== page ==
There is no corn in a curling corn broom. The fibers in a corn broom are from a variety of sorghum. This became such a popular broom making material in the early 1800s that people started calling the plant: Broom-Corn. The pictures below show a sorghum plant (about 10 feet tall); harvested fibers waiting to go into a broom and a finished curling broom.
There were two basic styles of corn broom. The first has a skirt or apron of shorter fibers. The apron serves two purposes: 1) to keep the lower fibers together during the power-stroke across the ice and 2) to act as a spring to return the lower fibers to center before the next power-stroke on the ice (see photo).
The second type of corn broom did not have an apron but rather a strap of leather or plastic inside the center of the bundle of fibers. This center “spring” serves the same functions as the skirt. Additionally, a string or band surrounding the fibers also acts to keep the entire bundle together during the sweeping process.
The sound made by these brooms was both musical and magical. I am sorry that the youngsters learning the game today (and within the last 20 years) will never experience an arena full of the sounds of straw and leather slapping the ice or the poetry of seeing two sweepers in perfect harmony. I found one video on YouTube that has the sound of one broom – try to imagine 12 or more brooms banging away at once. At YouTube you can search for “The fine art of using a corn broom to curl” or Click-Here.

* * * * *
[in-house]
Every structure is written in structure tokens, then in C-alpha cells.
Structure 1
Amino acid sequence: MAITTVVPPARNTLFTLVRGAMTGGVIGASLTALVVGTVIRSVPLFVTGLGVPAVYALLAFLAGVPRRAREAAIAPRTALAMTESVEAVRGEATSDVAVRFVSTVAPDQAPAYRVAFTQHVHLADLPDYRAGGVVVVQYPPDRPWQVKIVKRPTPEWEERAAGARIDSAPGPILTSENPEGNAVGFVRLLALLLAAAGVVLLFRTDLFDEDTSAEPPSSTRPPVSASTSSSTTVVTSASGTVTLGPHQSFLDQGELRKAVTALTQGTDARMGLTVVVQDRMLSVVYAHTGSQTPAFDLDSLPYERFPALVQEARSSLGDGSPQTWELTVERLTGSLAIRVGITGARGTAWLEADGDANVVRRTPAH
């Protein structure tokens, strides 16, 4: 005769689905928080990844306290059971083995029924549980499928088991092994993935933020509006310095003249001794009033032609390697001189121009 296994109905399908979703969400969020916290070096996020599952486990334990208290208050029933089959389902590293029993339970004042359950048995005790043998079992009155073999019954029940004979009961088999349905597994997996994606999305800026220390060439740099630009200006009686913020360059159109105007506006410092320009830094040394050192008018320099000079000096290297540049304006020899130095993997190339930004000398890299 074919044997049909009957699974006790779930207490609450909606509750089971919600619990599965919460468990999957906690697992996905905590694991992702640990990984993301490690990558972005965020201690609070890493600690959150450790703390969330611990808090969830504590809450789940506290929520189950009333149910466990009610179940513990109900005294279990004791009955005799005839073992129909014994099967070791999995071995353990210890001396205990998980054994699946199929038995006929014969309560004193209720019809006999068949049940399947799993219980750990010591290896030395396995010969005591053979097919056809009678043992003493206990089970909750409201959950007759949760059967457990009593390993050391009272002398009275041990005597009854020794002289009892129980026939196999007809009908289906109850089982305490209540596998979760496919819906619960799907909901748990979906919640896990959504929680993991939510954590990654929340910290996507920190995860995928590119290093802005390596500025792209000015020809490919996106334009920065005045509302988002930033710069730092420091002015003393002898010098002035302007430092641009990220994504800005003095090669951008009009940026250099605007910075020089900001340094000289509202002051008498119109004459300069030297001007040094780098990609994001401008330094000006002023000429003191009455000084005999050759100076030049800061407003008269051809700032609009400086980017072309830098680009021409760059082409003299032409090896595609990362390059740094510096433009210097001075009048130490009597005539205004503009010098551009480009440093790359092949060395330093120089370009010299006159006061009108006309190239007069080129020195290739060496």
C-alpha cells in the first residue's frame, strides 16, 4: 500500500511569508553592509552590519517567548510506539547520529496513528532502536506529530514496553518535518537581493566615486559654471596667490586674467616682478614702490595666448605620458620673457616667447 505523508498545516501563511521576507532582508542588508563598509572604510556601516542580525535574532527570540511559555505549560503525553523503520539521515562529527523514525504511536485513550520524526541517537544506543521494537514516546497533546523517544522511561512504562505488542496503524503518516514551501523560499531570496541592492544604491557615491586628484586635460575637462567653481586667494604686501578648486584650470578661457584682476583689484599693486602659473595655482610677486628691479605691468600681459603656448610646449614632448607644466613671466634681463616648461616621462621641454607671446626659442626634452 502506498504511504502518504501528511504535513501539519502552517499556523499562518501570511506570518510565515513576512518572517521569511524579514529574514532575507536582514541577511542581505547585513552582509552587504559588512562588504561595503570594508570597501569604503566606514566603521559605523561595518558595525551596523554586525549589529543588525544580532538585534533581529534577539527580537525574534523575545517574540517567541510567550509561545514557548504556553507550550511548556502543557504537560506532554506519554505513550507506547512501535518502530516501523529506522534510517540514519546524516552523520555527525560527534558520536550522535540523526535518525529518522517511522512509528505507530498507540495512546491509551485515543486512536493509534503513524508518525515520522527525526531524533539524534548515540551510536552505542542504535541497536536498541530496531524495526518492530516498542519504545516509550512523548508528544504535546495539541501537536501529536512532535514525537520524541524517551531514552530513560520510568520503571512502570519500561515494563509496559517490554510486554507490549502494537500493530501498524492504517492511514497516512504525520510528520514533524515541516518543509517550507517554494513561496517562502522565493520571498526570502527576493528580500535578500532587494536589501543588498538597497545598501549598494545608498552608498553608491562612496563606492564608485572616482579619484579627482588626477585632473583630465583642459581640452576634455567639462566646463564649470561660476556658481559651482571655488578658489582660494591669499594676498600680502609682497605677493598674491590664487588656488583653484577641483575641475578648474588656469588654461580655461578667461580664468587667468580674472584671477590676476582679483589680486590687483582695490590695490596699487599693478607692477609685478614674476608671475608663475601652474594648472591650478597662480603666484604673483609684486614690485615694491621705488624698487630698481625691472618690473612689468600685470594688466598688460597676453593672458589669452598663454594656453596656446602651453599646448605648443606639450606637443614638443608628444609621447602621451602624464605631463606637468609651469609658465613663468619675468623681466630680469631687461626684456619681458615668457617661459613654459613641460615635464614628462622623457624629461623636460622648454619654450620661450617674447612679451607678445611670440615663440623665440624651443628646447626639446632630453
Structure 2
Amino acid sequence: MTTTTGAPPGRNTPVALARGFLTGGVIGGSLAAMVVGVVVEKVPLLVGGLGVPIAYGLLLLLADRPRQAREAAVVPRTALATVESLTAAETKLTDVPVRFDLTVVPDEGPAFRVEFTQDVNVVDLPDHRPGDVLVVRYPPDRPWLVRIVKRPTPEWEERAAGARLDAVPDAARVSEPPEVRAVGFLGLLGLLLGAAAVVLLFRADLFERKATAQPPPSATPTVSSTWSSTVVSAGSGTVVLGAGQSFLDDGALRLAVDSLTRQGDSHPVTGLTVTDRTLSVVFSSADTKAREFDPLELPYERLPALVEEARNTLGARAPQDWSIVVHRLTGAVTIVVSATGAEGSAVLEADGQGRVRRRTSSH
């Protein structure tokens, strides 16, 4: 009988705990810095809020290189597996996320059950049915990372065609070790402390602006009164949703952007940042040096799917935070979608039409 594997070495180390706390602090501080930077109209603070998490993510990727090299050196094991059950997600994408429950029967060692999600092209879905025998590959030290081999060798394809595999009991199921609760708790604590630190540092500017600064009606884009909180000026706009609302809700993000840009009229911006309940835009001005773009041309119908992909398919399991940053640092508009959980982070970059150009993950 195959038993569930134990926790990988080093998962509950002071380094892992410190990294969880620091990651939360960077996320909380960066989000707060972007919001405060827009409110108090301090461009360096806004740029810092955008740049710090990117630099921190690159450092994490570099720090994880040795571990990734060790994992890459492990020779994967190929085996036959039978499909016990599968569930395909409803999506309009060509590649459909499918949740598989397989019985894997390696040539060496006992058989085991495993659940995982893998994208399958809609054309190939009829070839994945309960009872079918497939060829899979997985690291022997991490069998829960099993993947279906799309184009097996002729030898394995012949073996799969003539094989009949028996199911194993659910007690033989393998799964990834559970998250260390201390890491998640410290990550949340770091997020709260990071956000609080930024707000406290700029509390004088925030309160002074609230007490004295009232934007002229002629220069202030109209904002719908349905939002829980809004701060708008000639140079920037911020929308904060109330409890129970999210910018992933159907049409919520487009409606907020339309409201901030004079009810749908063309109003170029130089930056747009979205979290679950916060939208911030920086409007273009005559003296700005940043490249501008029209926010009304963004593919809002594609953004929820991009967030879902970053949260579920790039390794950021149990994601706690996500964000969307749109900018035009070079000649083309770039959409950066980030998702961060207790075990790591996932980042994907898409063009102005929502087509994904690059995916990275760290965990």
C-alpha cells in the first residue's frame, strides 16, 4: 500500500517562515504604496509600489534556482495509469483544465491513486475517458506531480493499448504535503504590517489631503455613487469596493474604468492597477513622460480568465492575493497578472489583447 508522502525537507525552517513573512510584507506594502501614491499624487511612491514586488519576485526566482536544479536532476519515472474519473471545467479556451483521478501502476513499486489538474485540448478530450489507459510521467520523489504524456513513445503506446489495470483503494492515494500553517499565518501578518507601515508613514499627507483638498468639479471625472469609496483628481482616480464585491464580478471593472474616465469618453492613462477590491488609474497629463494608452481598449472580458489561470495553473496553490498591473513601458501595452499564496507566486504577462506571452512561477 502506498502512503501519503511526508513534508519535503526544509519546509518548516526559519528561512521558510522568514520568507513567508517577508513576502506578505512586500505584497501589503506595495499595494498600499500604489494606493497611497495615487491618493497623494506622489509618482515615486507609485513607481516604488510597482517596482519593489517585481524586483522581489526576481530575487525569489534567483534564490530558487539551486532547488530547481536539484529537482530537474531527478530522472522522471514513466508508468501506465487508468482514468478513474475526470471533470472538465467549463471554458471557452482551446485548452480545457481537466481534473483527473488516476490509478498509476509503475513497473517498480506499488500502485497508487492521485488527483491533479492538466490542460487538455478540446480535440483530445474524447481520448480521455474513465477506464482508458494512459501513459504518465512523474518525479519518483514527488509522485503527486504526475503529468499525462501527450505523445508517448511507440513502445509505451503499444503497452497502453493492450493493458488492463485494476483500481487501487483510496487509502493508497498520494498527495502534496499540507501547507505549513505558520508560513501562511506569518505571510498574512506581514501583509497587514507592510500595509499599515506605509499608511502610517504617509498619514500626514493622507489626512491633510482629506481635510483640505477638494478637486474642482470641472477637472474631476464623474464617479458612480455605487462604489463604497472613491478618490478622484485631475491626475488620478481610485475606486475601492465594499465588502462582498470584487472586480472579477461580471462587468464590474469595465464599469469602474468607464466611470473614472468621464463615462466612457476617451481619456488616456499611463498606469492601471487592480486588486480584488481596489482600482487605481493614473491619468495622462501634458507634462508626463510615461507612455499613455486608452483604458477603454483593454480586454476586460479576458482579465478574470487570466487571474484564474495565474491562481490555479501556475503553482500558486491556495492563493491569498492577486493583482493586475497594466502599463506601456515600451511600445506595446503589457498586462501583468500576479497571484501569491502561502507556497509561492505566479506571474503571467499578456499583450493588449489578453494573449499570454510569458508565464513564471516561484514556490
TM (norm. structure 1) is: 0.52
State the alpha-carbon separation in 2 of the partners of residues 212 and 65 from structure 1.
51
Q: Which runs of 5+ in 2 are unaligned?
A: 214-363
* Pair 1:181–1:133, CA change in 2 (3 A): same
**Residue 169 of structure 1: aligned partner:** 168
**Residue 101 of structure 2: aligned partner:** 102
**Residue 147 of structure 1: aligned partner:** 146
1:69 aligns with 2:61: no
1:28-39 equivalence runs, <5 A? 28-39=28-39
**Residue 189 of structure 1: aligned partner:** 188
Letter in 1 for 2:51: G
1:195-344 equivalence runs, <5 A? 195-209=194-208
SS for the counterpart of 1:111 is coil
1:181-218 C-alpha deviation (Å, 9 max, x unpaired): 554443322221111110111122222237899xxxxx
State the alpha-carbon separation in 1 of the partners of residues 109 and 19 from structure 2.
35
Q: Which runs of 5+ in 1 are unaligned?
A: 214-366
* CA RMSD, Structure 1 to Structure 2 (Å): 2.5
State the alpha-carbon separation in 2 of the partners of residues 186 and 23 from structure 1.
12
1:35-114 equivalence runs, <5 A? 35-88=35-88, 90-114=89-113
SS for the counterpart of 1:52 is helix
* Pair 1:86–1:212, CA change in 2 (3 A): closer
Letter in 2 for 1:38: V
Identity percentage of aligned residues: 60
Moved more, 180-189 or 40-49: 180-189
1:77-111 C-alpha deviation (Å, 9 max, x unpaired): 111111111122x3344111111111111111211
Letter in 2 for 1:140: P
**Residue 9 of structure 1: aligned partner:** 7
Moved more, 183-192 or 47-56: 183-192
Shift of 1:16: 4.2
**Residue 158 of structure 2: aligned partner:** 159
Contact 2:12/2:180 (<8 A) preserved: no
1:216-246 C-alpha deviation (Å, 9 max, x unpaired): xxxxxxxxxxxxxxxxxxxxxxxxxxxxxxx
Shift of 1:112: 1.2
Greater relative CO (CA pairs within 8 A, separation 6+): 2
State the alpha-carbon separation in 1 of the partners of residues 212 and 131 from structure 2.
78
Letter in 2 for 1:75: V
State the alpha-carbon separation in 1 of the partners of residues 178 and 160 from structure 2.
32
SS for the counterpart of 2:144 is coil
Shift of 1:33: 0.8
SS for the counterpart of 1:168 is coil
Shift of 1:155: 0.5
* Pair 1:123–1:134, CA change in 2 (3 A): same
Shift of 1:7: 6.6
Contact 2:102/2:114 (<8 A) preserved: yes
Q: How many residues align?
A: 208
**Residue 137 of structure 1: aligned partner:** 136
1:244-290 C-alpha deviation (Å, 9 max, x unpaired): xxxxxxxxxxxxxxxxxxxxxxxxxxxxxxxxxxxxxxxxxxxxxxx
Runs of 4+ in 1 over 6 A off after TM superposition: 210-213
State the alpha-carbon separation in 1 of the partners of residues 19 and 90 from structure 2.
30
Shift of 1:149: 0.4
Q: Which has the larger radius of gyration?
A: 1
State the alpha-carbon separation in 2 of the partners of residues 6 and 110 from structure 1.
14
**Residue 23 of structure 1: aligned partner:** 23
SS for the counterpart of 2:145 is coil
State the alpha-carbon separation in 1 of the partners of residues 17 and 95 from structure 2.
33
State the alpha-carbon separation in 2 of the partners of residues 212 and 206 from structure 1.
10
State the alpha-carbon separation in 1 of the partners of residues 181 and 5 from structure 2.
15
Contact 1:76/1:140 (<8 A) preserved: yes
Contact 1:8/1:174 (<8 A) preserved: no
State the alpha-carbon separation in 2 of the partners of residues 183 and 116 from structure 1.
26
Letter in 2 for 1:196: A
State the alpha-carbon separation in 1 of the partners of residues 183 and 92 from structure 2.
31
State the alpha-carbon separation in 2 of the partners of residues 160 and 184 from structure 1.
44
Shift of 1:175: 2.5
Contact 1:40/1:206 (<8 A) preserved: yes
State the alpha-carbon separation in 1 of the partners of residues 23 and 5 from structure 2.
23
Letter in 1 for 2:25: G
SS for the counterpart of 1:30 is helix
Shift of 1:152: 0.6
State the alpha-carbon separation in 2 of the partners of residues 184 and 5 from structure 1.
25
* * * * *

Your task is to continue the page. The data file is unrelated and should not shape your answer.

During the 1960s and 70s The Club purchased corn brooms to be used by guests and new members. As these brooms aged, one by one they found their way out of The Club and into the trunk of many a member’s car – they were handy for clearing the snow off the car! I know the location of only one of these brooms, but I would bet that there are a few more out there.
Knight of The Royal Order of The Broom